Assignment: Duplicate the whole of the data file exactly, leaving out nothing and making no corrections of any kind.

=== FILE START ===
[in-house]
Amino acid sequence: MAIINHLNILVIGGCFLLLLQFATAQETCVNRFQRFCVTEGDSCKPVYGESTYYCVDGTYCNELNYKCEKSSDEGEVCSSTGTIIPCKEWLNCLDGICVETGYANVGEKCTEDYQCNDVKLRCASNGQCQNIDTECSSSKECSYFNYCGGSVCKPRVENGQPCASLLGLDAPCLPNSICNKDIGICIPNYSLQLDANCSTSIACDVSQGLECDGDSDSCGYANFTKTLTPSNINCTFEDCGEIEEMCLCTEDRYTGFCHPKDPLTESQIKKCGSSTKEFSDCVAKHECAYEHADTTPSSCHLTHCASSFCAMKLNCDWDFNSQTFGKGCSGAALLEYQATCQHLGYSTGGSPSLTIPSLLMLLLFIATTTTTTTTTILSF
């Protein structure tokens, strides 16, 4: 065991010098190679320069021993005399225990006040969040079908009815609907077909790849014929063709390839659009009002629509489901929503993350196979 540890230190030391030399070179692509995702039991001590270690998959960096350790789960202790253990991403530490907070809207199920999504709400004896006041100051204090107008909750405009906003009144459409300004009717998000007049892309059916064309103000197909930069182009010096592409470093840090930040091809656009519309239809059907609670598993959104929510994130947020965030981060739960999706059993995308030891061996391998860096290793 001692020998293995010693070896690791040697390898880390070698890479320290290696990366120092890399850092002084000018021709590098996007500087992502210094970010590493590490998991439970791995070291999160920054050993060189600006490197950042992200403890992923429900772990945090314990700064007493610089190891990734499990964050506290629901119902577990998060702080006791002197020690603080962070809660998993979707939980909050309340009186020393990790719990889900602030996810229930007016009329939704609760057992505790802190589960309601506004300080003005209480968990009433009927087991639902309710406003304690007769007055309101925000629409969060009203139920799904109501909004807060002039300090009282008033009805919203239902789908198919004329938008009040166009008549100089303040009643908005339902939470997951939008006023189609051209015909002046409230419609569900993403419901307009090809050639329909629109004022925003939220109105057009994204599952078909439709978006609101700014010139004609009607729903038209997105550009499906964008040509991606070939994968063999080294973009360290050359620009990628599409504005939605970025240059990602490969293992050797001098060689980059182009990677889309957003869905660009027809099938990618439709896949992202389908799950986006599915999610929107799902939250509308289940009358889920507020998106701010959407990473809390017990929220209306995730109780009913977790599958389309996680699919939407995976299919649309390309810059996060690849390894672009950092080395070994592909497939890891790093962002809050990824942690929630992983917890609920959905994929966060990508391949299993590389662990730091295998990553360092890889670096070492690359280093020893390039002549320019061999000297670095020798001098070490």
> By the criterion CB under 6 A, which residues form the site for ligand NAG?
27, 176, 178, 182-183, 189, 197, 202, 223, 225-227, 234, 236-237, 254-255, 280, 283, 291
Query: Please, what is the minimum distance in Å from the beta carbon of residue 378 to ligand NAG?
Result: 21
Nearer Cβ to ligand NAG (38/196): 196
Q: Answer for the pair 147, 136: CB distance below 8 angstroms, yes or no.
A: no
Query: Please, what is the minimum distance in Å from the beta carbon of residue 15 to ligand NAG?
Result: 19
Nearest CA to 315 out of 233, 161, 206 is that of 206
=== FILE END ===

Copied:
[in-house]
Amino acid sequence: MAIINHLNILVIGGCFLLLLQFATAQETCVNRFQRFCVTEGDSCKPVYGESTYYCVDGTYCNELNYKCEKSSDEGEVCSSTGTIIPCKEWLNCLDGICVETGYANVGEKCTEDYQCNDVKLRCASNGQCQNIDTECSSSKECSYFNYCGGSVCKPRVENGQPCASLLGLDAPCLPNSICNKDIGICIPNYSLQLDANCSTSIACDVSQGLECDGDSDSCGYANFTKTLTPSNINCTFEDCGEIEEMCLCTEDRYTGFCHPKDPLTESQIKKCGSSTKEFSDCVAKHECAYEHADTTPSSCHLTHCASSFCAMKLNCDWDFNSQTFGKGCSGAALLEYQATCQHLGYSTGGSPSLTIPSLLMLLLFIATTTTTTTTTILSF
């Protein structure tokens, strides 16, 4: 065991010098190679320069021993005399225990006040969040079908009815609907077909790849014929063709390839659009009002629509489901929503993350196979 540890230190030391030399070179692509995702039991001590270690998959960096350790789960202790253990991403530490907070809207199920999504709400004896006041100051204090107008909750405009906003009144459409300004009717998000007049892309059916064309103000197909930069182009010096592409470093840090930040091809656009519309239809059907609670598993959104929510994130947020965030981060739960999706059993995308030891061996391998860096290793 001692020998293995010693070896690791040697390898880390070698890479320290290696990366120092890399850092002084000018021709590098996007500087992502210094970010590493590490998991439970791995070291999160920054050993060189600006490197950042992200403890992923429900772990945090314990700064007493610089190891990734499990964050506290629901119902577990998060702080006791002197020690603080962070809660998993979707939980909050309340009186020393990790719990889900602030996810229930007016009329939704609760057992505790802190589960309601506004300080003005209480968990009433009927087991639902309710406003304690007769007055309101925000629409969060009203139920799904109501909004807060002039300090009282008033009805919203239902789908198919004329938008009040166009008549100089303040009643908005339902939470997951939008006023189609051209015909002046409230419609569900993403419901307009090809050639329909629109004022925003939220109105057009994204599952078909439709978006609101700014010139004609009607729903038209997105550009499906964008040509991606070939994968063999080294973009360290050359620009990628599409504005939605970025240059990602490969293992050797001098060689980059182009990677889309957003869905660009027809099938990618439709896949992202389908799950986006599915999610929107799902939250509308289940009358889920507020998106701010959407990473809390017990929220209306995730109780009913977790599958389309996680699919939407995976299919649309390309810059996060690849390894672009950092080395070994592909497939890891790093962002809050990824942690929630992983917890609920959905994929966060990508391949299993590389662990730091295998990553360092890889670096070492690359280093020893390039002549320019061999000297670095020798001098070490």
> By the criterion CB under 6 A, which residues form the site for ligand NAG?
27, 176, 178, 182-183, 189, 197, 202, 223, 225-227, 234, 236-237, 254-255, 280, 283, 291
Query: Please, what is the minimum distance in Å from the beta carbon of residue 378 to ligand NAG?
Result: 21
Nearer Cβ to ligand NAG (38/196): 196
Q: Answer for the pair 147, 136: CB distance below 8 angstroms, yes or no.
A: no
Query: Please, what is the minimum distance in Å from the beta carbon of residue 15 to ligand NAG?
Result: 19
Nearest CA to 315 out of 233, 161, 206 is that of 206